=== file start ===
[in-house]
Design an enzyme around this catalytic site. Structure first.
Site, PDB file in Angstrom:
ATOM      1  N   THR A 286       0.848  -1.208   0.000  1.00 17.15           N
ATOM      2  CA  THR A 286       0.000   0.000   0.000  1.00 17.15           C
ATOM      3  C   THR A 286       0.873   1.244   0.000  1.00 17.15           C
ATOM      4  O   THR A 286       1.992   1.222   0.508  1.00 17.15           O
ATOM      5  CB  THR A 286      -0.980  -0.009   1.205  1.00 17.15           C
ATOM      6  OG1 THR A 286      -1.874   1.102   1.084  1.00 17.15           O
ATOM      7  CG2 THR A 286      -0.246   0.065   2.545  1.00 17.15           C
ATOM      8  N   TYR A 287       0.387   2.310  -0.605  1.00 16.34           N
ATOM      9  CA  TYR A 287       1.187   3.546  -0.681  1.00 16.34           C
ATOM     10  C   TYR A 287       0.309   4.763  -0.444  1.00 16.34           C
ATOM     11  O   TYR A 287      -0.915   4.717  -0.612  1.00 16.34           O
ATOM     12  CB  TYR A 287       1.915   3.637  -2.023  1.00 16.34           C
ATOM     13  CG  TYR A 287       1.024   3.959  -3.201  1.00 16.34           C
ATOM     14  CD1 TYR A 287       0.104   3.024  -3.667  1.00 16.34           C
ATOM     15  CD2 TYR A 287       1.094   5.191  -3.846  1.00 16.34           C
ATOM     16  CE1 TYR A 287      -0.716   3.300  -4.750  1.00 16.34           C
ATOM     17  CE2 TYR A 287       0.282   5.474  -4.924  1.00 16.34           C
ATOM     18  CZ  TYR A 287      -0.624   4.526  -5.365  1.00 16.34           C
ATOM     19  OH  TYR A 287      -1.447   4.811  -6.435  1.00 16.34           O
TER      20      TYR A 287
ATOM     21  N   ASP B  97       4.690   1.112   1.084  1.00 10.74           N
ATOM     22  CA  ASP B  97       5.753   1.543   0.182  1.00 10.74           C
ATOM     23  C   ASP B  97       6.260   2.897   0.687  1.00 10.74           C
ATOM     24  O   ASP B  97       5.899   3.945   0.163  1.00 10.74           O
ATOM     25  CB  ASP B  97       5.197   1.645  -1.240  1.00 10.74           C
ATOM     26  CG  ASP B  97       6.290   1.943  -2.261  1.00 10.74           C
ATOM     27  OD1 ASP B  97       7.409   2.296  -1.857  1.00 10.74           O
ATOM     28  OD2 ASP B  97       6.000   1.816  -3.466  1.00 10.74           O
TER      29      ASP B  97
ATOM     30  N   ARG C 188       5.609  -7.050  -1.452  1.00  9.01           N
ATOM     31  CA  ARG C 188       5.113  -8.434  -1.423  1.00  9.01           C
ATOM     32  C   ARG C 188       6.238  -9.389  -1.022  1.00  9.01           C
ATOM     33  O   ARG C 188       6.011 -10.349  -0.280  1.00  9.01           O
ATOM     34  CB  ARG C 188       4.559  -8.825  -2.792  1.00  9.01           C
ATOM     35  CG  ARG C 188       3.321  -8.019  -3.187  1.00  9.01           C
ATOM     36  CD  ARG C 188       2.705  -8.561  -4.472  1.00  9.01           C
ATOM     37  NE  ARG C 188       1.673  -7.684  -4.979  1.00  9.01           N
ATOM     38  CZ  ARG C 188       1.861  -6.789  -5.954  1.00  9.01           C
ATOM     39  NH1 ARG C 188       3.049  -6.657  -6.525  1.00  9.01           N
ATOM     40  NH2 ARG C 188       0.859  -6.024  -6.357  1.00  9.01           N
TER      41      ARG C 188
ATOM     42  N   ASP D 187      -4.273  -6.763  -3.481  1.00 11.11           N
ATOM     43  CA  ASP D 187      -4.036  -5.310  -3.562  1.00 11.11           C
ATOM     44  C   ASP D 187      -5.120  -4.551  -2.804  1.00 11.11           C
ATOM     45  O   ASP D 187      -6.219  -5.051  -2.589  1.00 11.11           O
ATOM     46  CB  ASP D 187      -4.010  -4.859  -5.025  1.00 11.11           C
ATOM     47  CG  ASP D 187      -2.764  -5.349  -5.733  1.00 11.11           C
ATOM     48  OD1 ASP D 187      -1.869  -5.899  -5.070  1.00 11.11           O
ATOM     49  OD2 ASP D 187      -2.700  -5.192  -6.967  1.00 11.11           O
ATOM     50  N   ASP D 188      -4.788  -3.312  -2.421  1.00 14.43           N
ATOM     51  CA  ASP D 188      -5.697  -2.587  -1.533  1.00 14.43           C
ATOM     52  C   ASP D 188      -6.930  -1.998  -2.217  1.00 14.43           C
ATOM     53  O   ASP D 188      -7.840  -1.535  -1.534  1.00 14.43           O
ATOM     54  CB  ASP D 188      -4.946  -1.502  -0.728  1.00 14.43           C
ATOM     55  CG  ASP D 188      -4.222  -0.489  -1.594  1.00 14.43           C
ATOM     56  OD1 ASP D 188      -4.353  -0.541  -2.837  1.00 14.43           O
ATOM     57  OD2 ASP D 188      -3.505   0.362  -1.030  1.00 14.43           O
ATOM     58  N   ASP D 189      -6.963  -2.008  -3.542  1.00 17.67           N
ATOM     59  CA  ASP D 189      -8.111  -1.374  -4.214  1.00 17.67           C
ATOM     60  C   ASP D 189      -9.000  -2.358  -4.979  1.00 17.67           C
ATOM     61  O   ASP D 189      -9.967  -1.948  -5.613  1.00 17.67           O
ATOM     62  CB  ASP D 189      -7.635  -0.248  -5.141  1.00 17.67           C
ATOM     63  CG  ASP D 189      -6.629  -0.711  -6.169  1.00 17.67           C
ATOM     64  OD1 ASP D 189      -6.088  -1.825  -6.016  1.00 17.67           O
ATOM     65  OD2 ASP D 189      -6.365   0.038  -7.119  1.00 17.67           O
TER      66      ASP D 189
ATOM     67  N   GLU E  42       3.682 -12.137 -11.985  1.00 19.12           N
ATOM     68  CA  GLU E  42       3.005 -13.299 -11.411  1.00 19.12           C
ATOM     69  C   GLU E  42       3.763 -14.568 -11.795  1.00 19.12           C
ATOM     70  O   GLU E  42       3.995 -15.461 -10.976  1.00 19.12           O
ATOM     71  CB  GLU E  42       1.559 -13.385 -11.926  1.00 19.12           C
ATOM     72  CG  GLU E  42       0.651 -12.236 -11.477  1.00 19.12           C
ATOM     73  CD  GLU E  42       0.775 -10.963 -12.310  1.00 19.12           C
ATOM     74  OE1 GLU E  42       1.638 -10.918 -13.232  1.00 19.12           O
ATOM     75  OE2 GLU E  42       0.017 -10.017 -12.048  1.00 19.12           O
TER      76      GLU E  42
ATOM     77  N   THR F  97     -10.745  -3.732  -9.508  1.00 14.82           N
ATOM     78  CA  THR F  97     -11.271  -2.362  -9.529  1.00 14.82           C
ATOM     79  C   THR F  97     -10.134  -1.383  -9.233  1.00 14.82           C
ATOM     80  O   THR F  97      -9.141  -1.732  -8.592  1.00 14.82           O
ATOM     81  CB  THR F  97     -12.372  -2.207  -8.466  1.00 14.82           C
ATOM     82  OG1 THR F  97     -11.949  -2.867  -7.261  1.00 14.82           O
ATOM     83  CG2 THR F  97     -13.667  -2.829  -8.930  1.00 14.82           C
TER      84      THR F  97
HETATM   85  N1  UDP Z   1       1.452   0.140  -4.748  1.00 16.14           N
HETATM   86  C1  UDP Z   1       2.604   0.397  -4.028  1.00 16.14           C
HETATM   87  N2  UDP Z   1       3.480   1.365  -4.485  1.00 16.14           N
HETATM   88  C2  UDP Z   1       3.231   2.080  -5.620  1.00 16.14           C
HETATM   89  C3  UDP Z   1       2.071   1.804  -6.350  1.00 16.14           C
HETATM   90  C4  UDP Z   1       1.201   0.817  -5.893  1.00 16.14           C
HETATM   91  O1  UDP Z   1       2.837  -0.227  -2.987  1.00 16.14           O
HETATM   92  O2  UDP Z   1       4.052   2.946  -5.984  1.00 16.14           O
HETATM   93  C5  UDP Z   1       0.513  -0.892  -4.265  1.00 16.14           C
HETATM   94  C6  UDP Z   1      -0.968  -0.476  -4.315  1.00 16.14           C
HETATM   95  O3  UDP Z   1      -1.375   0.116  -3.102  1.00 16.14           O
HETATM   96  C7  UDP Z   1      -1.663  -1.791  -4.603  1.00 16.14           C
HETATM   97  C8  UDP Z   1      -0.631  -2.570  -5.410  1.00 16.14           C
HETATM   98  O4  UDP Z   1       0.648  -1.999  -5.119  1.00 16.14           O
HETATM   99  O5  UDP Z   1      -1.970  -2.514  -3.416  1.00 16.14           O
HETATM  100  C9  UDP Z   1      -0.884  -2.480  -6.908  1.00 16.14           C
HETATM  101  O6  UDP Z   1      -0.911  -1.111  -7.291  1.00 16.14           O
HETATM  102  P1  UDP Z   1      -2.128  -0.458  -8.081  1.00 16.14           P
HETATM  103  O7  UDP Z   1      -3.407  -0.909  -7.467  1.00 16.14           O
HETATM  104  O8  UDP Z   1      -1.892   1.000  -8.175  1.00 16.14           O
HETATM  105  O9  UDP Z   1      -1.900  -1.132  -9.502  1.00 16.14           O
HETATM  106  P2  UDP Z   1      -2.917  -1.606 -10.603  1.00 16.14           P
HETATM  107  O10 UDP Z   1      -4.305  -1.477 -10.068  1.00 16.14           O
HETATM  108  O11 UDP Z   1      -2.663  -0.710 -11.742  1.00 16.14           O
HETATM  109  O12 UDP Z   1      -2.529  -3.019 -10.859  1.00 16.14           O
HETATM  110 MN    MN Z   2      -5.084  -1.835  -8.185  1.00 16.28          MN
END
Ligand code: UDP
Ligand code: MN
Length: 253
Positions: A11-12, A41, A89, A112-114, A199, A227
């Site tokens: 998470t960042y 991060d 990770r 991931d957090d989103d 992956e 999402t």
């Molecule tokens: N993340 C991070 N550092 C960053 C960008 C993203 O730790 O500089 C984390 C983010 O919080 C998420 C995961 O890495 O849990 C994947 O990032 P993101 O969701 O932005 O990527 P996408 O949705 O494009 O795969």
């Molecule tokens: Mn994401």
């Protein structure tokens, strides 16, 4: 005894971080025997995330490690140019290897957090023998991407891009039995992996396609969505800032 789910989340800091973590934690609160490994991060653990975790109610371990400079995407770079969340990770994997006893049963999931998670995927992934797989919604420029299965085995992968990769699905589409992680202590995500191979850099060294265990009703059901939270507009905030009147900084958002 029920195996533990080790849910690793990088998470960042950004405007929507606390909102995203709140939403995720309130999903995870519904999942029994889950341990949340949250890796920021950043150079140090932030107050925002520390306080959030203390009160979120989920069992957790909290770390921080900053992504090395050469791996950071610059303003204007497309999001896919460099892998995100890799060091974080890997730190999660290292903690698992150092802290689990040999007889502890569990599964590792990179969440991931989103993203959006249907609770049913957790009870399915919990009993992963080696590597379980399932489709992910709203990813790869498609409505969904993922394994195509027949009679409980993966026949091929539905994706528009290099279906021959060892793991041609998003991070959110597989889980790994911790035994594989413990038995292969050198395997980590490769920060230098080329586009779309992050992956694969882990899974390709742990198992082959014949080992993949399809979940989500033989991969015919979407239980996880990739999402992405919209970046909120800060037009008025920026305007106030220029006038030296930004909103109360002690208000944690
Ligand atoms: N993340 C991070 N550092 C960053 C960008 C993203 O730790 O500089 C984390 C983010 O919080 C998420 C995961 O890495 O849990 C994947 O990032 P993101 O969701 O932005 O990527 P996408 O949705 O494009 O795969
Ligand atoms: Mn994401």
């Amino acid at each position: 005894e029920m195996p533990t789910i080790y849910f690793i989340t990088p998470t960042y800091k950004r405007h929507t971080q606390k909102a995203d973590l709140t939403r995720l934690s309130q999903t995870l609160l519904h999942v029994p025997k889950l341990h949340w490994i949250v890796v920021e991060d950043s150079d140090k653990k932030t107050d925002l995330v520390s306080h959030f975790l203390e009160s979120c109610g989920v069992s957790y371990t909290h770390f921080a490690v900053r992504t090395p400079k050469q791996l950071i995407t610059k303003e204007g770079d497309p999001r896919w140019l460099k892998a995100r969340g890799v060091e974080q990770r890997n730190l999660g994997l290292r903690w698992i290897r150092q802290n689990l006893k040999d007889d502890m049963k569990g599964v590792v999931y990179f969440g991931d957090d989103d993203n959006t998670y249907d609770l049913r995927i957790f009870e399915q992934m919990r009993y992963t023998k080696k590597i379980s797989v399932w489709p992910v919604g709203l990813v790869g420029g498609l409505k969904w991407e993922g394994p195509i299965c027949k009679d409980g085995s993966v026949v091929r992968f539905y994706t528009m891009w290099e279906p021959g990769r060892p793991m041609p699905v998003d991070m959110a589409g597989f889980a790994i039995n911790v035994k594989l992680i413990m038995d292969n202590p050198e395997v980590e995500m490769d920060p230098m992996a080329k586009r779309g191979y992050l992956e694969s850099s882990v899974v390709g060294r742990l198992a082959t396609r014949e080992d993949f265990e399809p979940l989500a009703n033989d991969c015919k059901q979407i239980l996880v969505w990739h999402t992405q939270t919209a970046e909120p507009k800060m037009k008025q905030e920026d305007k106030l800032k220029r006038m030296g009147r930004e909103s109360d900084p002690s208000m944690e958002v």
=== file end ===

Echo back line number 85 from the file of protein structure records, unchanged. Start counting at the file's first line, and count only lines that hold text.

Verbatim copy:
ATOM     82  OG1 THR F  97     -11.949  -2.867  -7.261  1.00 14.82           O